The importance of experimenting

There's a thing I try to hammer as much as possible into the brain of people I coach: learn by experimenting features in isolation. This method is also recommended by Justin Weiss in his Practicing Rails book. In essence, it is the practice makes perfect mantra applied to coding with Rails.

When learning Rails, separate features into small, bite-sized blocks and try them out outside of the context of a larger project. That means building, building and more building test apps. Starting again and again with rails new, using scaffolds to generate models, controllers and views, preparing your database and seeding some data can become tedious and distracts you from your learning. This is why I made Rails Play.

What can Rails Play do for you?

Rails Play simply builds a Rails app with few models, associations, controllers and CRUD views much like rails generate scaffold would do. On top of that, it runs bundle install, it migrates your database and seeds it with some initial data. That's it. It's not much but it removes the friction of creating yet another test app just to experiment with a new gem or a Rails feature you want to try out.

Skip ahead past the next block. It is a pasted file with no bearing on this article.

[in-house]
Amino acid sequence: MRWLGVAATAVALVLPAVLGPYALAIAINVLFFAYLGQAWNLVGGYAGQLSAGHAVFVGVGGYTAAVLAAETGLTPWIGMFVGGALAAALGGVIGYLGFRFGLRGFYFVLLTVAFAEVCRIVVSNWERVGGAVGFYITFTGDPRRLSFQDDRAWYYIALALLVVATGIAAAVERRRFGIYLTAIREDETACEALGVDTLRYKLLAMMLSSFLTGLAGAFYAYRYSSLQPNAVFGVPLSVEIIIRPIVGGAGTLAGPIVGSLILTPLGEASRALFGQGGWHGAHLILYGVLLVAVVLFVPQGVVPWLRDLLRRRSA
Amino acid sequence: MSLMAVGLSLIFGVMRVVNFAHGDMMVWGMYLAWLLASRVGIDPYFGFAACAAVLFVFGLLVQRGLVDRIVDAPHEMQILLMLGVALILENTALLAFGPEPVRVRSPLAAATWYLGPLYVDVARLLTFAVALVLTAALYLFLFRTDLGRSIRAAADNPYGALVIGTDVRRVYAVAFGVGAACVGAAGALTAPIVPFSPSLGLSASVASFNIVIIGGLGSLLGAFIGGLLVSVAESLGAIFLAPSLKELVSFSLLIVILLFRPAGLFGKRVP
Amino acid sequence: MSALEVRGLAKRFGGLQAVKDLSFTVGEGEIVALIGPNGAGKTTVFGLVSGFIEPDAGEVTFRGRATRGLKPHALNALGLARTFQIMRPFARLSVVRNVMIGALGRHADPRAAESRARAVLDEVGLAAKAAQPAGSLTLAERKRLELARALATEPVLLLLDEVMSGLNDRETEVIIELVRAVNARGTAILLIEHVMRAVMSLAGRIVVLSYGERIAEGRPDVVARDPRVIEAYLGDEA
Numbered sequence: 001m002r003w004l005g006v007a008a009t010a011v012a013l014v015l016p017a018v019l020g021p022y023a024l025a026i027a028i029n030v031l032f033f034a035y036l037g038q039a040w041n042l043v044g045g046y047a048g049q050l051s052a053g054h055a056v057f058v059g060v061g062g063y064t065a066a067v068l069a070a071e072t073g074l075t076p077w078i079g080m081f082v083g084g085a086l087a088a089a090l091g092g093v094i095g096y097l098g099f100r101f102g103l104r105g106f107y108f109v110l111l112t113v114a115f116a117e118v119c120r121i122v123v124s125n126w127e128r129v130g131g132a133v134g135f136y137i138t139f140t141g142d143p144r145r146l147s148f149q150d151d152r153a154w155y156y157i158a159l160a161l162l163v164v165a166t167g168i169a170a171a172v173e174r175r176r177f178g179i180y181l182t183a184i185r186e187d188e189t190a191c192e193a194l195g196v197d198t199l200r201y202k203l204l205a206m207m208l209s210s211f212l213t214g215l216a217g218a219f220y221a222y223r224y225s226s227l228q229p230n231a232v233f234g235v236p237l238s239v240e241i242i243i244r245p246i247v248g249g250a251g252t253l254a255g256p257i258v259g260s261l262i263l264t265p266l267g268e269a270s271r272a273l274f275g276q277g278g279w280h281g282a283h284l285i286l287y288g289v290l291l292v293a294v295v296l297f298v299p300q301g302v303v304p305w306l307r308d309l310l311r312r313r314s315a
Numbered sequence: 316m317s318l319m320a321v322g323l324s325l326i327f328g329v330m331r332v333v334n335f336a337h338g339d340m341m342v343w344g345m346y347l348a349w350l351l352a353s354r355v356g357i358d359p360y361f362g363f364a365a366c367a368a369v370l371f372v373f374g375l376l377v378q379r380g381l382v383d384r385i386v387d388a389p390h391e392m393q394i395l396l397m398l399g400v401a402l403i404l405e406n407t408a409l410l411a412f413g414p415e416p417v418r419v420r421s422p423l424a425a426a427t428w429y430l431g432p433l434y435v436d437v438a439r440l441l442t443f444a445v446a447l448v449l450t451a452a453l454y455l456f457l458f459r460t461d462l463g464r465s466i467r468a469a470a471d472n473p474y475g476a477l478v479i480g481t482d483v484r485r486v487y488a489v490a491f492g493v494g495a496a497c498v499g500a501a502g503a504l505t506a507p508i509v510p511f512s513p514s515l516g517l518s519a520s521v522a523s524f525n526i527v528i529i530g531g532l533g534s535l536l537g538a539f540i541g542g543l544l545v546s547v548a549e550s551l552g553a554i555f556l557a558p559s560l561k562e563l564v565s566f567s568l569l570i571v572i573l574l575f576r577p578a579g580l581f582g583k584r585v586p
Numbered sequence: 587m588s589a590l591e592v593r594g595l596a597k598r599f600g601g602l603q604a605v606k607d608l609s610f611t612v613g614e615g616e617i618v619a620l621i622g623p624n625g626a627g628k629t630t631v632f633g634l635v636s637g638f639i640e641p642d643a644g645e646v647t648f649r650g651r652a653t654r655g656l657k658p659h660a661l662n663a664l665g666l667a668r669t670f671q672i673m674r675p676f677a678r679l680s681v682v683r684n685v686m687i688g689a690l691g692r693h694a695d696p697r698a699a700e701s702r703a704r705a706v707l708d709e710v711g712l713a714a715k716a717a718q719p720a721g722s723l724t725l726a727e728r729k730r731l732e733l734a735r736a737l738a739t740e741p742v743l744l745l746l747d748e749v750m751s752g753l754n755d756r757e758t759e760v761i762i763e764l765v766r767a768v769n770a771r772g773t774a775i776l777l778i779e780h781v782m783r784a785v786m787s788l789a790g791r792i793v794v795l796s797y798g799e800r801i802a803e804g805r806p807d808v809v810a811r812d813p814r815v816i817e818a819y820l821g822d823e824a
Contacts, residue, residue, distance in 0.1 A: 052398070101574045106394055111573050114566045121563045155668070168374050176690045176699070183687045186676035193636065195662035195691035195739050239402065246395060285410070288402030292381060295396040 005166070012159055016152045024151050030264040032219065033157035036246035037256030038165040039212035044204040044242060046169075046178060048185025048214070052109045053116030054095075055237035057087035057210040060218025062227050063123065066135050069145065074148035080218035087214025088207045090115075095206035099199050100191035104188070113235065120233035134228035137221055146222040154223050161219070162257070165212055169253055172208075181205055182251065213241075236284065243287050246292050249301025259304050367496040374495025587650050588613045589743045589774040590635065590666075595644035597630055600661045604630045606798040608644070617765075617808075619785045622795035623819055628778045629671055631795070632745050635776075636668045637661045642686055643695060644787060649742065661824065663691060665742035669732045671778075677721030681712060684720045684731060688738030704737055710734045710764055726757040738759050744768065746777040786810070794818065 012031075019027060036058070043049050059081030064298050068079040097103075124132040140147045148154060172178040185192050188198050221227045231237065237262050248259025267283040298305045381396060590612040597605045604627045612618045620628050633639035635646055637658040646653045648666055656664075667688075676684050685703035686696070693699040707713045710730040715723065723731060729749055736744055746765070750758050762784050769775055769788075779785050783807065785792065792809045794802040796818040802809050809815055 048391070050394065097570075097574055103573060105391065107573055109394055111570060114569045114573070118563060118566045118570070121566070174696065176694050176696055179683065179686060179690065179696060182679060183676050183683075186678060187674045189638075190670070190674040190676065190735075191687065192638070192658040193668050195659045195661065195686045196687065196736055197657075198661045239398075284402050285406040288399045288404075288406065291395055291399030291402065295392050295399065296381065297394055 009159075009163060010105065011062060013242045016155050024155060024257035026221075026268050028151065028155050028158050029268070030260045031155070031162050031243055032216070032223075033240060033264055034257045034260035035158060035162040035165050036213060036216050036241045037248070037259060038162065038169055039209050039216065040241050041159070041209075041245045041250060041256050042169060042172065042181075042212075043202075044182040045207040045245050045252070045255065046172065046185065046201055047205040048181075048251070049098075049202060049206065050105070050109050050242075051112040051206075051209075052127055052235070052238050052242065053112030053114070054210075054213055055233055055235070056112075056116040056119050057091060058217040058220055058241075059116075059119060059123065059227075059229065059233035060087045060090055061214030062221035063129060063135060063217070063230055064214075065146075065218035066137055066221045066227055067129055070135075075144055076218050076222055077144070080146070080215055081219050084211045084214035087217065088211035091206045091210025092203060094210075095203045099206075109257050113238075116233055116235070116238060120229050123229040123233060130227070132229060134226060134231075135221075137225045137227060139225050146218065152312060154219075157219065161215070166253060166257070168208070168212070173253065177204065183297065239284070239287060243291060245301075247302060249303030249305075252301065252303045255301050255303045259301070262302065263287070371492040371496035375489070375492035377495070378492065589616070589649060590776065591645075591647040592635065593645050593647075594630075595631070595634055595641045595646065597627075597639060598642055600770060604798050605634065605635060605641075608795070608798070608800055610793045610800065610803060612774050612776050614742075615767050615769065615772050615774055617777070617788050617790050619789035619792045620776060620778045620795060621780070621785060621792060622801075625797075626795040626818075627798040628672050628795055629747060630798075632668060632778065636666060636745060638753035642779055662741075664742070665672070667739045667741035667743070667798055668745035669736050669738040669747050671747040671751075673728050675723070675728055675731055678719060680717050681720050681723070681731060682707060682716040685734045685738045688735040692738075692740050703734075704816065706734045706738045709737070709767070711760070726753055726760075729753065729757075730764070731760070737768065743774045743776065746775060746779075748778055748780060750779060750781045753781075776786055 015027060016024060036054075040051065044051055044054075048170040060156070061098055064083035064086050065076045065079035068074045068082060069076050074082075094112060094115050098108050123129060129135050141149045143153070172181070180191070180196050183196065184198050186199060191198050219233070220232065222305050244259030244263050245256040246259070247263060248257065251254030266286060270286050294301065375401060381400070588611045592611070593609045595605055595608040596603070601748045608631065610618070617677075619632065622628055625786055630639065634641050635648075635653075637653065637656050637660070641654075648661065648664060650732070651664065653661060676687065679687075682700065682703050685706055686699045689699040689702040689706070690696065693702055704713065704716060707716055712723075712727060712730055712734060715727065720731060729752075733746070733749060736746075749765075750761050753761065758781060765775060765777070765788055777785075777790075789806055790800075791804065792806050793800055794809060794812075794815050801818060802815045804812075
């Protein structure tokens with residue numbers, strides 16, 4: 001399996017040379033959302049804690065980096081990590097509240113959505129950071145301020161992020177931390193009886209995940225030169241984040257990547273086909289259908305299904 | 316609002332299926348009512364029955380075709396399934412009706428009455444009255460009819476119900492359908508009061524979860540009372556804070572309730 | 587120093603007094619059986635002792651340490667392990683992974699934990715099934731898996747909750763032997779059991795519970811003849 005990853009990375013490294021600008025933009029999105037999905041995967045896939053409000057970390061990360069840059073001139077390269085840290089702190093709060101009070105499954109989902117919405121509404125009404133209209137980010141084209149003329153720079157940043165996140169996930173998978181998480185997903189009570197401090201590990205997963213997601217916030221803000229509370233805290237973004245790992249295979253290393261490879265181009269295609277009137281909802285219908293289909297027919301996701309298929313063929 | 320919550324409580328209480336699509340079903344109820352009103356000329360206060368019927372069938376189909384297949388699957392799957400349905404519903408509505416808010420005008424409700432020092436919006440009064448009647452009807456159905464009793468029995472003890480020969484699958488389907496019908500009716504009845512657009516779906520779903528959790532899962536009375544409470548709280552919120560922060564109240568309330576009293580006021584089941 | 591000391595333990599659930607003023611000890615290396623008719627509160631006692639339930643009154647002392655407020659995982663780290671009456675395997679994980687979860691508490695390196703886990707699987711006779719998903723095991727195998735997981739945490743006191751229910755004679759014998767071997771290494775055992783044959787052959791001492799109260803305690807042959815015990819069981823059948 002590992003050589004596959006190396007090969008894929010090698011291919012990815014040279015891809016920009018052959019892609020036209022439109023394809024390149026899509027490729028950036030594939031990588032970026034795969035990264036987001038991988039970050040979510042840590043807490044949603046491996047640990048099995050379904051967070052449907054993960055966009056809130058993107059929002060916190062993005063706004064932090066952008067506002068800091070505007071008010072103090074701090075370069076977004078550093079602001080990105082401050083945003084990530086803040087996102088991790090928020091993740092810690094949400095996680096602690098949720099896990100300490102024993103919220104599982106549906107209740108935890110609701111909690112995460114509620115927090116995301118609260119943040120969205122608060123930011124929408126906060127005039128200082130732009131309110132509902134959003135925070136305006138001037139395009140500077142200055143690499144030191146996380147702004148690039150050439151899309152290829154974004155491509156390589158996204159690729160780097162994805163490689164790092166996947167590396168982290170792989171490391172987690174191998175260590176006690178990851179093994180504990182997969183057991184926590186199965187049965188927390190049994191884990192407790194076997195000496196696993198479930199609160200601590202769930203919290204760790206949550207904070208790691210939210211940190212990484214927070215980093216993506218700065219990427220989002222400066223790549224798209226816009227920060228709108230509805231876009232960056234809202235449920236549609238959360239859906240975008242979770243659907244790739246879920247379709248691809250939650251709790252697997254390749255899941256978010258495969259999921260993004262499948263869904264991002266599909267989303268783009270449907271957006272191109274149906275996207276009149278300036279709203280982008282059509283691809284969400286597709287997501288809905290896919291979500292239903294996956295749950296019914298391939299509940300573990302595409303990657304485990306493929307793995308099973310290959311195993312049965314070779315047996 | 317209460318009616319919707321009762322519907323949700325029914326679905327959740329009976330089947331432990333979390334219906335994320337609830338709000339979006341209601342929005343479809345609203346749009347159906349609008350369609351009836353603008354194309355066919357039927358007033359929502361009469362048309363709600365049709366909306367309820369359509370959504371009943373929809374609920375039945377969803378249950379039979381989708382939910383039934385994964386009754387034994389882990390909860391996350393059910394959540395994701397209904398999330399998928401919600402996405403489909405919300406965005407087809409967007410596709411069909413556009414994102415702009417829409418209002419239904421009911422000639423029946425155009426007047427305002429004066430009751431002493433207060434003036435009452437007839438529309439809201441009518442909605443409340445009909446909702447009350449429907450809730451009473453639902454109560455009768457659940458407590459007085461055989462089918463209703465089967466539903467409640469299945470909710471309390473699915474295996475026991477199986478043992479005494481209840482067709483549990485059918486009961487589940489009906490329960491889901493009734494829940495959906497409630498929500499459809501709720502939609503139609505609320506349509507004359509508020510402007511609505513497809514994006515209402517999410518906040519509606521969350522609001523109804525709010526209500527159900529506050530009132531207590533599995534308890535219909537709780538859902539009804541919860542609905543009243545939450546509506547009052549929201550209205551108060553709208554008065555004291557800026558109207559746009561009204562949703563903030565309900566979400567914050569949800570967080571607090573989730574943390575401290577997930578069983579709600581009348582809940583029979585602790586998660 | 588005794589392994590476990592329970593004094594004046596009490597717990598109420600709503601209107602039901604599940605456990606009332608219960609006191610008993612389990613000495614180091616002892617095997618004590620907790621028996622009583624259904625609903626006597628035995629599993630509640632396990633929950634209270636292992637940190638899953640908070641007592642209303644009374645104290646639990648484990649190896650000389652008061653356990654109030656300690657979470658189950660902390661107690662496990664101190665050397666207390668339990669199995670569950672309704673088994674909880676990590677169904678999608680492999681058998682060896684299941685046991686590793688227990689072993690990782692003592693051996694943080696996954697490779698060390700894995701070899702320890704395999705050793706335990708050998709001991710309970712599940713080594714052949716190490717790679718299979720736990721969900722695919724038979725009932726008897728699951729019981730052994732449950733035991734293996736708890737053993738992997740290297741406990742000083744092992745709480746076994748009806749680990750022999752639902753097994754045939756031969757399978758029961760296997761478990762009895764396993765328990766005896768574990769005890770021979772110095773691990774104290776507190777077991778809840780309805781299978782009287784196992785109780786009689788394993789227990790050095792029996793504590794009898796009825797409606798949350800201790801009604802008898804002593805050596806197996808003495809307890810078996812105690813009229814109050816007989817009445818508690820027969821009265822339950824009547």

Rails Play is not an app builder. You should not use it to start a new project. If that is what you are looking for, check out RailsBricks which is a full-featured Rails app builder.

Get Rails Play and start playing

In order to install Rails Play, you only need to have Ruby installed on your machine. Run gem install railsplay from the command line and you are good to go.

Create a new Rails app with Rails Play

Create the app:

rplay -n

Run your Rails server:

cd railsplay
rails server

Point your browser to http://localhost:3000.

Give your app another name

Simply specify the app name after the -n option:

rplay -n MyAppName

Note that Rails app naming conventions apply.

Skip bundle install and database setup

You can also opt for not having bundle install, rake db:migrate and rake db:seed to be run automatically after your app gets created. This can be useful if you want to change Rails version or add other gems to your Gemfile:

rplay -n --skip-bundle


rplay -n MyAppName --skip-bundle

Want to contribute or make a suggestion?

If you enjoy the tool and have an idea, a comment or a question, just open a new issue on Github or drop me a line.